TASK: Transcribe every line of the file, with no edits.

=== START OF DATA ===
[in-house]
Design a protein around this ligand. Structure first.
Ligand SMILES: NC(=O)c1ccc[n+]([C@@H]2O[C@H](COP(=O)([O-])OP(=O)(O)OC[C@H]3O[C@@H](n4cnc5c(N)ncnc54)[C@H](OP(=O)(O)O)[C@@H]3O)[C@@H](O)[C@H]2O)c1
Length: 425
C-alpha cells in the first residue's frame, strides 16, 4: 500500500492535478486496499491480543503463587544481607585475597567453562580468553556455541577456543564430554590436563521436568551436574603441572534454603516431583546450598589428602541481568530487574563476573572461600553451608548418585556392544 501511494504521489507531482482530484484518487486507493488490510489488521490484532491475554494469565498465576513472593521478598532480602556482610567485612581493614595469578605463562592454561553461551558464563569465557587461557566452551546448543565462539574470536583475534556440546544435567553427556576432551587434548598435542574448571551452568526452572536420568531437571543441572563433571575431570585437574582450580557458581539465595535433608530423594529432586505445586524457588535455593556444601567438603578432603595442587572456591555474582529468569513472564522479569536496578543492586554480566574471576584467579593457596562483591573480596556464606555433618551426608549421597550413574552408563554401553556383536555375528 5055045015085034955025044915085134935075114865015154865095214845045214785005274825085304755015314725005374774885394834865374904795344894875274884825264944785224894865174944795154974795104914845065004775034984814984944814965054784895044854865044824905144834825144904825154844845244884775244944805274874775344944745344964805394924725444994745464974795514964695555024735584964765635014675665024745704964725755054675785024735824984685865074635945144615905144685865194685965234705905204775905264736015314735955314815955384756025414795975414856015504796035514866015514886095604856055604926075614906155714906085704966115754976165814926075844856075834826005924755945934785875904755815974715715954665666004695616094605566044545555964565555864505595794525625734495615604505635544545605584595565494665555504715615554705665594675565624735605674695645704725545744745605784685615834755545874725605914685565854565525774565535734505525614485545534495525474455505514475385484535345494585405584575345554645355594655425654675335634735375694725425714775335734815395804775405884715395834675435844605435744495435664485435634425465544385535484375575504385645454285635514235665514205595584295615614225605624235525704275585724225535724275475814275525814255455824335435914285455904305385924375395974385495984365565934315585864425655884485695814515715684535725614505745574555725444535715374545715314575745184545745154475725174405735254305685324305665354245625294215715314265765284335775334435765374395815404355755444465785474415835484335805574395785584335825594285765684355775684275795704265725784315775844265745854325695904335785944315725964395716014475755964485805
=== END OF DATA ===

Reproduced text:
[in-house]
Design a protein around this ligand. Structure first.
Ligand SMILES: NC(=O)c1ccc[n+]([C@@H]2O[C@H](COP(=O)([O-])OP(=O)(O)OC[C@H]3O[C@@H](n4cnc5c(N)ncnc54)[C@H](OP(=O)(O)O)[C@@H]3O)[C@@H](O)[C@H]2O)c1
Length: 425
C-alpha cells in the first residue's frame, strides 16, 4: 500500500492535478486496499491480543503463587544481607585475597567453562580468553556455541577456543564430554590436563521436568551436574603441572534454603516431583546450598589428602541481568530487574563476573572461600553451608548418585556392544 501511494504521489507531482482530484484518487486507493488490510489488521490484532491475554494469565498465576513472593521478598532480602556482610567485612581493614595469578605463562592454561553461551558464563569465557587461557566452551546448543565462539574470536583475534556440546544435567553427556576432551587434548598435542574448571551452568526452572536420568531437571543441572563433571575431570585437574582450580557458581539465595535433608530423594529432586505445586524457588535455593556444601567438603578432603595442587572456591555474582529468569513472564522479569536496578543492586554480566574471576584467579593457596562483591573480596556464606555433618551426608549421597550413574552408563554401553556383536555375528 5055045015085034955025044915085134935075114865015154865095214845045214785005274825085304755015314725005374774885394834865374904795344894875274884825264944785224894865174944795154974795104914845065004775034984814984944814965054784895044854865044824905144834825144904825154844845244884775244944805274874775344944745344964805394924725444994745464974795514964695555024735584964765635014675665024745704964725755054675785024735824984685865074635945144615905144685865194685965234705905204775905264736015314735955314815955384756025414795975414856015504796035514866015514886095604856055604926075614906155714906085704966115754976165814926075844856075834826005924755945934785875904755815974715715954665666004695616094605566044545555964565555864505595794525625734495615604505635544545605584595565494665555504715615554705665594675565624735605674695645704725545744745605784685615834755545874725605914685565854565525774565535734505525614485545534495525474455505514475385484535345494585405584575345554645355594655425654675335634735375694725425714775335734815395804775405884715395834675435844605435744495435664485435634425465544385535484375575504385645454285635514235665514205595584295615614225605624235525704275585724225535724275475814275525814255455824335435914285455904305385924375395974385495984365565934315585864425655884485695814515715684535725614505745574555725444535715374545715314575745184545745154475725174405735254305685324305665354245625294215715314265765284335775334435765374395815404355755444465785474415835484335805574395785584335825594285765684355775684275795704265725784315775844265745854325695904335785944315725964395716014475755964485805